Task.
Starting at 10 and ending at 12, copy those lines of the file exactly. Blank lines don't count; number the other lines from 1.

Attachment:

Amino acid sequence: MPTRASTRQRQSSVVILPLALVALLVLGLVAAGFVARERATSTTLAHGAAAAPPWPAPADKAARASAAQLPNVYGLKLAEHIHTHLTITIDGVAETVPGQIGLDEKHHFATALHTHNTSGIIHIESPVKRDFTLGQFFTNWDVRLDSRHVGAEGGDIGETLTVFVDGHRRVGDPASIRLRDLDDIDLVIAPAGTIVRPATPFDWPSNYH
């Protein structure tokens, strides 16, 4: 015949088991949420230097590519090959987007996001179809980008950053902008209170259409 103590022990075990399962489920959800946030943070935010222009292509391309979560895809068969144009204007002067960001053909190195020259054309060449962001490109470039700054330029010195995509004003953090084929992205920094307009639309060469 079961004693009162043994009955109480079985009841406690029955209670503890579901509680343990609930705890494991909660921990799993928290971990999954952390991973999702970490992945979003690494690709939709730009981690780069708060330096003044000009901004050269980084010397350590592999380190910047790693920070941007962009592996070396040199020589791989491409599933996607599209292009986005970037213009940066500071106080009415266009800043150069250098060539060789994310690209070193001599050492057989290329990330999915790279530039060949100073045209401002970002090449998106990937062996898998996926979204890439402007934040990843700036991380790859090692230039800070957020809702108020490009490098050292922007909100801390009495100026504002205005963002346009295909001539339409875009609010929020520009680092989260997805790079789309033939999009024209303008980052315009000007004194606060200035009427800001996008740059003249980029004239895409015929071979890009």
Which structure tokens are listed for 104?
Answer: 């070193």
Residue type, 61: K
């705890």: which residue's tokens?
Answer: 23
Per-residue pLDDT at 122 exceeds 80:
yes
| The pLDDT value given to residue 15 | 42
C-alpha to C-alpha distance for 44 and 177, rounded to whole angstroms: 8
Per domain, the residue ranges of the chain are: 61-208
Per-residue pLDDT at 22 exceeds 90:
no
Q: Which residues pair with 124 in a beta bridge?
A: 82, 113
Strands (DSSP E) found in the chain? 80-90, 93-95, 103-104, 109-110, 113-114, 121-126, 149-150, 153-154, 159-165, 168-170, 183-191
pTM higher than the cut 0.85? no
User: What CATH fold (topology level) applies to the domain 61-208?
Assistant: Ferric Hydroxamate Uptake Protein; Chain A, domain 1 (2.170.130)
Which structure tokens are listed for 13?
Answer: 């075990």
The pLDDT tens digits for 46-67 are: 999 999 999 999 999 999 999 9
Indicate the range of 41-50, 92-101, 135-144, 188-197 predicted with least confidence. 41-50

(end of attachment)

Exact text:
| The pLDDT value given to residue 15 | 42
C-alpha to C-alpha distance for 44 and 177, rounded to whole angstroms: 8
Per domain, the residue ranges of the chain are: 61-208